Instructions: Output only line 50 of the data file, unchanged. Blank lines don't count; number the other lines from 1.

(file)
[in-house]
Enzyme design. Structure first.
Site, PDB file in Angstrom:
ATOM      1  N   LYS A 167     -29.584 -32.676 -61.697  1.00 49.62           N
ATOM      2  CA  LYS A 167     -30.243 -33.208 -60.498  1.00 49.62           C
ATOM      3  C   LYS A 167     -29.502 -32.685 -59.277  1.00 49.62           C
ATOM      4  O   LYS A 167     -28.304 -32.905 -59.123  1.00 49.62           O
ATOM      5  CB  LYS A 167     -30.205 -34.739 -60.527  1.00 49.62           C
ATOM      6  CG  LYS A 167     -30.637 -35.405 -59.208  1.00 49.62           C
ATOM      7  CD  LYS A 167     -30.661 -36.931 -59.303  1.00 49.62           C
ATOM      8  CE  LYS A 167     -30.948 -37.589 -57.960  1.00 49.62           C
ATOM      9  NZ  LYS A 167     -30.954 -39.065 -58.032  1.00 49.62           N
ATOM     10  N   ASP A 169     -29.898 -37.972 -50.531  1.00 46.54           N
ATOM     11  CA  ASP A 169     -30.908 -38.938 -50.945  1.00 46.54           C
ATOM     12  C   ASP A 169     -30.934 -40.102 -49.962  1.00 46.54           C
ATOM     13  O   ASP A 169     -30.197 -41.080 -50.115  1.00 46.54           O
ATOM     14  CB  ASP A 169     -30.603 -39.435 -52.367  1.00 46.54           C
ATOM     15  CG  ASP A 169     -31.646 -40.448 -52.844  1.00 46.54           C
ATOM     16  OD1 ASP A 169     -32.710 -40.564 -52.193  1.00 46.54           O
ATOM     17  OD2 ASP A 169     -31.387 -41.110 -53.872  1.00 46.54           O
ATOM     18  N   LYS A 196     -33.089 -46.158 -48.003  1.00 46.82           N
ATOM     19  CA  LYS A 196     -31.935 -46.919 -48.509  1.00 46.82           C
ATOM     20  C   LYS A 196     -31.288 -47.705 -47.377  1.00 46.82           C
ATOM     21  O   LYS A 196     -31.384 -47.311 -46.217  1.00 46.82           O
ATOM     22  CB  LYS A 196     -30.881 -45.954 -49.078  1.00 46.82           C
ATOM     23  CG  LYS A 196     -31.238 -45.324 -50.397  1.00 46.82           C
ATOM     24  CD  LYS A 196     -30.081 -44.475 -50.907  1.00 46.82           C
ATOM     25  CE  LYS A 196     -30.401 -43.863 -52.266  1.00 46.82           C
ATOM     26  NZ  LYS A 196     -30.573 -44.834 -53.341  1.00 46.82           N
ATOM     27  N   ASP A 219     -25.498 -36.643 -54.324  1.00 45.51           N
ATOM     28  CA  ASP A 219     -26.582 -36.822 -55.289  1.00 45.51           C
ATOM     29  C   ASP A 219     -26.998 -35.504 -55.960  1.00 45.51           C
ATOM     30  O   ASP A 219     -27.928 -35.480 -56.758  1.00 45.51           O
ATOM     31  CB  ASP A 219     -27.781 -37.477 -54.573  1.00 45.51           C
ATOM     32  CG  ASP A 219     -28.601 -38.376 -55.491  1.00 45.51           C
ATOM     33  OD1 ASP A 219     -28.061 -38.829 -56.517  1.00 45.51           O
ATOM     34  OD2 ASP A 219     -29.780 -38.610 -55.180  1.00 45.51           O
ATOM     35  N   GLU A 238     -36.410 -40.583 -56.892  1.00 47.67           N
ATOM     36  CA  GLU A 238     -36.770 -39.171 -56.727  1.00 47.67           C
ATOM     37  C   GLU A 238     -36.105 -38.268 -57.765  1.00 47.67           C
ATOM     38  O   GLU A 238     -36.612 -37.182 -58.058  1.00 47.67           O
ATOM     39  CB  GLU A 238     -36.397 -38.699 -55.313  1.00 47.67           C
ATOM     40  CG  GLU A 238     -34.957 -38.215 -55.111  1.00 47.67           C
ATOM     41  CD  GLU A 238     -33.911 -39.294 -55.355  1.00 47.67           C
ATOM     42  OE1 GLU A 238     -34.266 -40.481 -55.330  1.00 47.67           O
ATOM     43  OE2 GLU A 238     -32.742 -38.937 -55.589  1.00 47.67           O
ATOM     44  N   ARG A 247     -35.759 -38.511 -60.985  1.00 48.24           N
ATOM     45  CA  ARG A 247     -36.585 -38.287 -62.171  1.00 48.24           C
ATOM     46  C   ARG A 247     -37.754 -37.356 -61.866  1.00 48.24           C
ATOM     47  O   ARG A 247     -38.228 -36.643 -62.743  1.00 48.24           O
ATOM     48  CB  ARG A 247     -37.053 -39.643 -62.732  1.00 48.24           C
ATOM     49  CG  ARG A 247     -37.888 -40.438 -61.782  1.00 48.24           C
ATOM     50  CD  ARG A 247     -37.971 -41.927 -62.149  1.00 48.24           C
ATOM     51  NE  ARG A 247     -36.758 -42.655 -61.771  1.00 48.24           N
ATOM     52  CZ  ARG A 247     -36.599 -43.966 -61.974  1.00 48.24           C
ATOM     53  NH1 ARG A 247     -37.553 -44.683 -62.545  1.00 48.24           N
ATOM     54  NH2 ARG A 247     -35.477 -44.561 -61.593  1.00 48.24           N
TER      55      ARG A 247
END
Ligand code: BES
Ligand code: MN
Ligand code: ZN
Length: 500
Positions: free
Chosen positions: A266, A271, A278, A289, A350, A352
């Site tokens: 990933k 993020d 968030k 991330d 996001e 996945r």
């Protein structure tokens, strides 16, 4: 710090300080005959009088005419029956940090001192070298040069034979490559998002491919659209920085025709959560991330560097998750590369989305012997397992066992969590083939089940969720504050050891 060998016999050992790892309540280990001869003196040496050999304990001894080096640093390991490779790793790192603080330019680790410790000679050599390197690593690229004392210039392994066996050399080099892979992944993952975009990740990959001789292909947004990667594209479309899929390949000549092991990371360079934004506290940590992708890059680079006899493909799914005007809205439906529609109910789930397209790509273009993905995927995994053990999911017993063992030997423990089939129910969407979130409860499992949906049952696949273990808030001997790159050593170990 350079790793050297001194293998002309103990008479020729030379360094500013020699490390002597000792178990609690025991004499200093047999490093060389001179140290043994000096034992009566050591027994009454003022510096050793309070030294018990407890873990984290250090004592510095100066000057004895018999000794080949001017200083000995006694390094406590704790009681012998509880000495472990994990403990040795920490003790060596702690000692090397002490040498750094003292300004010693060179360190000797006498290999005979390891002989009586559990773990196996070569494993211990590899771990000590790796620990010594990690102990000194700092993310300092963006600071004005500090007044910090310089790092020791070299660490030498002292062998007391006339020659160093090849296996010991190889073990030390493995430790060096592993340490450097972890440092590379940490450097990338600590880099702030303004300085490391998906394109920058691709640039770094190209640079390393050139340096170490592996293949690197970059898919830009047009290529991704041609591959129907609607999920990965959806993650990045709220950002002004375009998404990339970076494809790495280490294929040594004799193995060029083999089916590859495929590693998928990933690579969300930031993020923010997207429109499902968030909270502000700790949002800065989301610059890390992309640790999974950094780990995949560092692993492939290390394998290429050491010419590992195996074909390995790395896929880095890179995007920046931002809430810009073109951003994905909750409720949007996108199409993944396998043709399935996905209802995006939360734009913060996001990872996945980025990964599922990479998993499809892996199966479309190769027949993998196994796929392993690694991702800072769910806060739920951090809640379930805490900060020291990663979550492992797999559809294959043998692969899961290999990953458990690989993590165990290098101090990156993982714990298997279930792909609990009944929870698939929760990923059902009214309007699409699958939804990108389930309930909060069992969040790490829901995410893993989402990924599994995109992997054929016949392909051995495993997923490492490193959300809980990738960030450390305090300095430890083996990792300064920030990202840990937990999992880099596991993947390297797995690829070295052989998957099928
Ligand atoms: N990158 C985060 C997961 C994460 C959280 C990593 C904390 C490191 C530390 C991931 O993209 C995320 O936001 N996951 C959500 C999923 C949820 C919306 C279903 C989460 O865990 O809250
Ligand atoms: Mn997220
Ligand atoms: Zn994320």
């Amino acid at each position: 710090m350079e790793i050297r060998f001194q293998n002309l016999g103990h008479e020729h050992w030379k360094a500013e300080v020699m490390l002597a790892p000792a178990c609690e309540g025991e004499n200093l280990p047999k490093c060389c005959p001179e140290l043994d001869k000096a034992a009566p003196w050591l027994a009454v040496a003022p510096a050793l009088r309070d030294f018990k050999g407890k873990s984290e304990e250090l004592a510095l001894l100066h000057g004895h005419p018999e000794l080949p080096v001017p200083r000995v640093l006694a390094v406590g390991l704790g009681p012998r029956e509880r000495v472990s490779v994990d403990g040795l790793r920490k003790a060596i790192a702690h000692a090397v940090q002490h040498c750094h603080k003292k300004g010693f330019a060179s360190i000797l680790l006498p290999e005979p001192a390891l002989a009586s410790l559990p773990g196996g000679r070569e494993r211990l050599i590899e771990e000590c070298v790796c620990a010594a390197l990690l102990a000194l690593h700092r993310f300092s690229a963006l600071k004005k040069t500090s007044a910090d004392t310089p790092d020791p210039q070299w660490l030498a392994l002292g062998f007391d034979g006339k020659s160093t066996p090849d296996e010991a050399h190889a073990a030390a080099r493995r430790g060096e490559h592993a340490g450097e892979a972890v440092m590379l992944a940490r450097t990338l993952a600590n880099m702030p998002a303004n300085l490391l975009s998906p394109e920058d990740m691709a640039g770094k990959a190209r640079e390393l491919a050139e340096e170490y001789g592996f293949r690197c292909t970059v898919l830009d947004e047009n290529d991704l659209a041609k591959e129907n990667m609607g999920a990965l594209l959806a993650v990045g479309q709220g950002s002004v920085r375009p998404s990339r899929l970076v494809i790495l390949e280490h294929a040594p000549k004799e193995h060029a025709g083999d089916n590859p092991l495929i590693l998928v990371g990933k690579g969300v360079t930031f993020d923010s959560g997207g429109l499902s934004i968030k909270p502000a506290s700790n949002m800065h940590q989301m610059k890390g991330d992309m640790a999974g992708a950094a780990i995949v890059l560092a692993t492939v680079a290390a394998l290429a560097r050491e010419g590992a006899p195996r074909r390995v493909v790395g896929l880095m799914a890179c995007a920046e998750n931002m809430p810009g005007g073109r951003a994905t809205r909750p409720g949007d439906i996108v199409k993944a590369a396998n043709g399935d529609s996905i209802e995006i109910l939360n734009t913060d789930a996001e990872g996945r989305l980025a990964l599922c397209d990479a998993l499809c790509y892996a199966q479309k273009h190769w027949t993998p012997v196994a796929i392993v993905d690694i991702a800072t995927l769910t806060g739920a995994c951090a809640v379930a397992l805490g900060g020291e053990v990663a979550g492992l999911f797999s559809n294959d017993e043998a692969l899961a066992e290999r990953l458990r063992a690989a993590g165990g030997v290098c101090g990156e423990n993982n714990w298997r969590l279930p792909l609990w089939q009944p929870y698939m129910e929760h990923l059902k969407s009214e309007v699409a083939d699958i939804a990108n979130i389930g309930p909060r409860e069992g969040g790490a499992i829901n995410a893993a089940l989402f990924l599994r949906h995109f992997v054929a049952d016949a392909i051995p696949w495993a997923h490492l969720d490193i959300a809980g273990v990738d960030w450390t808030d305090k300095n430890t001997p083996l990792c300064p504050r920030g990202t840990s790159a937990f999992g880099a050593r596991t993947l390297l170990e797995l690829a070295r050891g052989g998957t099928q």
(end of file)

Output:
ATOM     47  O   ARG A 247     -38.228 -36.643 -62.743  1.00 48.24           O